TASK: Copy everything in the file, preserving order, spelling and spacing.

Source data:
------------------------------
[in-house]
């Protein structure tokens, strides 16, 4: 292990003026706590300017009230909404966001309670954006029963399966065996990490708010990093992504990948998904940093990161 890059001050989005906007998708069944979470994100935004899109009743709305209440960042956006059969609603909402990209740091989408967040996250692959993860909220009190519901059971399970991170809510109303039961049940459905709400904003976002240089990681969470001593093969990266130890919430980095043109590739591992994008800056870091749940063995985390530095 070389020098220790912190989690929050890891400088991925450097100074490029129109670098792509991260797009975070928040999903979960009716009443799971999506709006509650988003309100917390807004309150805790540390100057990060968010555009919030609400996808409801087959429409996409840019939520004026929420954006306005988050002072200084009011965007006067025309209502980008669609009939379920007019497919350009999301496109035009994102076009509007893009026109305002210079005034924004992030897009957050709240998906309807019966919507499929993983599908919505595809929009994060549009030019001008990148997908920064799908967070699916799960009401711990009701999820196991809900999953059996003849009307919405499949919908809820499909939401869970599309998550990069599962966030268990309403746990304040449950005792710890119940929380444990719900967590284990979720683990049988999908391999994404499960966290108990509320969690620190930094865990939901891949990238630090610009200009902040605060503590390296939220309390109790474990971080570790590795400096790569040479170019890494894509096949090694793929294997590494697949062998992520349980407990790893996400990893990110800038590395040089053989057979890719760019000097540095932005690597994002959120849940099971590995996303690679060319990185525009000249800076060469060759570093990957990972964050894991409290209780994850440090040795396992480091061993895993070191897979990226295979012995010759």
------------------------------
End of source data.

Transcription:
[in-house]
């Protein structure tokens, strides 16, 4: 292990003026706590300017009230909404966001309670954006029963399966065996990490708010990093992504990948998904940093990161 890059001050989005906007998708069944979470994100935004899109009743709305209440960042956006059969609603909402990209740091989408967040996250692959993860909220009190519901059971399970991170809510109303039961049940459905709400904003976002240089990681969470001593093969990266130890919430980095043109590739591992994008800056870091749940063995985390530095 070389020098220790912190989690929050890891400088991925450097100074490029129109670098792509991260797009975070928040999903979960009716009443799971999506709006509650988003309100917390807004309150805790540390100057990060968010555009919030609400996808409801087959429409996409840019939520004026929420954006306005988050002072200084009011965007006067025309209502980008669609009939379920007019497919350009999301496109035009994102076009509007893009026109305002210079005034924004992030897009957050709240998906309807019966919507499929993983599908919505595809929009994060549009030019001008990148997908920064799908967070699916799960009401711990009701999820196991809900999953059996003849009307919405499949919908809820499909939401869970599309998550990069599962966030268990309403746990304040449950005792710890119940929380444990719900967590284990979720683990049988999908391999994404499960966290108990509320969690620190930094865990939901891949990238630090610009200009902040605060503590390296939220309390109790474990971080570790590795400096790569040479170019890494894509096949090694793929294997590494697949062998992520349980407990790893996400990893990110800038590395040089053989057979890719760019000097540095932005690597994002959120849940099971590995996303690679060319990185525009000249800076060469060759570093990957990972964050894991409290209780994850440090040795396992480091061993895993070191897979990226295979012995010759």